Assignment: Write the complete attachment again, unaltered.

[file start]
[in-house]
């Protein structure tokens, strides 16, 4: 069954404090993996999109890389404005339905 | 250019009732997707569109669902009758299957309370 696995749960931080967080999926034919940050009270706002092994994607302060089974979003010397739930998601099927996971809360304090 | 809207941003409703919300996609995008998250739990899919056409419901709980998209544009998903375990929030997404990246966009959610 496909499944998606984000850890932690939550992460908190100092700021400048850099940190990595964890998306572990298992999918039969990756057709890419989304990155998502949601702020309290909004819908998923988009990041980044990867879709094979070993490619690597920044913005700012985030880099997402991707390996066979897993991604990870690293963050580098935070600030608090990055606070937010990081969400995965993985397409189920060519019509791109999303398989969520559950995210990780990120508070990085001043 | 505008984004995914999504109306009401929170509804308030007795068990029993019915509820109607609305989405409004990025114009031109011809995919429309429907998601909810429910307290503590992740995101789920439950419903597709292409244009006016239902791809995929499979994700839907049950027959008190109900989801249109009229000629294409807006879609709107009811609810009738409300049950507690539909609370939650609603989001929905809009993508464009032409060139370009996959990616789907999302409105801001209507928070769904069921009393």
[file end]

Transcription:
[in-house]
């Protein structure tokens, strides 16, 4: 069954404090993996999109890389404005339905 | 250019009732997707569109669902009758299957309370 696995749960931080967080999926034919940050009270706002092994994607302060089974979003010397739930998601099927996971809360304090 | 809207941003409703919300996609995008998250739990899919056409419901709980998209544009998903375990929030997404990246966009959610 496909499944998606984000850890932690939550992460908190100092700021400048850099940190990595964890998306572990298992999918039969990756057709890419989304990155998502949601702020309290909004819908998923988009990041980044990867879709094979070993490619690597920044913005700012985030880099997402991707390996066979897993991604990870690293963050580098935070600030608090990055606070937010990081969400995965993985397409189920060519019509791109999303398989969520559950995210990780990120508070990085001043 | 505008984004995914999504109306009401929170509804308030007795068990029993019915509820109607609305989405409004990025114009031109011809995919429309429907998601909810429910307290503590992740995101789920439950419903597709292409244009006016239902791809995929499979994700839907049950027959008190109900989801249109009229000629294409807006879609709107009811609810009738409300049950507690539909609370939650609603989001929905809009993508464009032409060139370009996959990616789907999302409105801001209507928070769904069921009393």